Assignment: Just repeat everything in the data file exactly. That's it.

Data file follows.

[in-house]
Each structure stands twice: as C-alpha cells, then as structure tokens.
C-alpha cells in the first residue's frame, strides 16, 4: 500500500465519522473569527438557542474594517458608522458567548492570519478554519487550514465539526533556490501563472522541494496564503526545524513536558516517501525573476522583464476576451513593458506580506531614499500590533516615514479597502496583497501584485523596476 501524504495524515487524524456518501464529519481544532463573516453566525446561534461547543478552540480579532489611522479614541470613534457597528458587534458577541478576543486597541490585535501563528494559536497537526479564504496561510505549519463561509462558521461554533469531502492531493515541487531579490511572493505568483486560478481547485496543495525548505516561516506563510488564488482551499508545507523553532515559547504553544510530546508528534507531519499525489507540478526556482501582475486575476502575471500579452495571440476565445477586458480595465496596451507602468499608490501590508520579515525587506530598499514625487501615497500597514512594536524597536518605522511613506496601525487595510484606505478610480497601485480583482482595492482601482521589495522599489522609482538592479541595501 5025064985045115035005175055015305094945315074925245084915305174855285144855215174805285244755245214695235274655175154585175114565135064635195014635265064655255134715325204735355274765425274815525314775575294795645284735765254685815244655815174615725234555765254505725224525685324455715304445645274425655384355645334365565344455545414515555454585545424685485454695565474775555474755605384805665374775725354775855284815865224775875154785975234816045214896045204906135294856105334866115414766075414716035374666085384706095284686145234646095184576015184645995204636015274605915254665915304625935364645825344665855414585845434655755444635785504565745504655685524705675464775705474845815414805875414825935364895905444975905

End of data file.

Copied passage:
[in-house]
Each structure stands twice: as C-alpha cells, then as structure tokens.
C-alpha cells in the first residue's frame, strides 16, 4: 500500500465519522473569527438557542474594517458608522458567548492570519478554519487550514465539526533556490501563472522541494496564503526545524513536558516517501525573476522583464476576451513593458506580506531614499500590533516615514479597502496583497501584485523596476 501524504495524515487524524456518501464529519481544532463573516453566525446561534461547543478552540480579532489611522479614541470613534457597528458587534458577541478576543486597541490585535501563528494559536497537526479564504496561510505549519463561509462558521461554533469531502492531493515541487531579490511572493505568483486560478481547485496543495525548505516561516506563510488564488482551499508545507523553532515559547504553544510530546508528534507531519499525489507540478526556482501582475486575476502575471500579452495571440476565445477586458480595465496596451507602468499608490501590508520579515525587506530598499514625487501615497500597514512594536524597536518605522511613506496601525487595510484606505478610480497601485480583482482595492482601482521589495522599489522609482538592479541595501 5025064985045115035005175055015305094945315074925245084915305174855285144855215174805285244755245214695235274655175154585175114565135064635195014635265064655255134715325204735355274765425274815525314775575294795645284735765254685815244655815174615725234555765254505725224525685324455715304445645274425655384355645334365565344455545414515555454585545424685485454695565474775555474755605384805665374775725354775855284815865224775875154785975234816045214896045204906135294856105334866115414766075414716035374666085384706095284686145234646095184576015184645995204636015274605915254665915304625935364645825344665855414585845434655755444635785504565745504655685524705675464775705474845815414805875414825935364895905444975905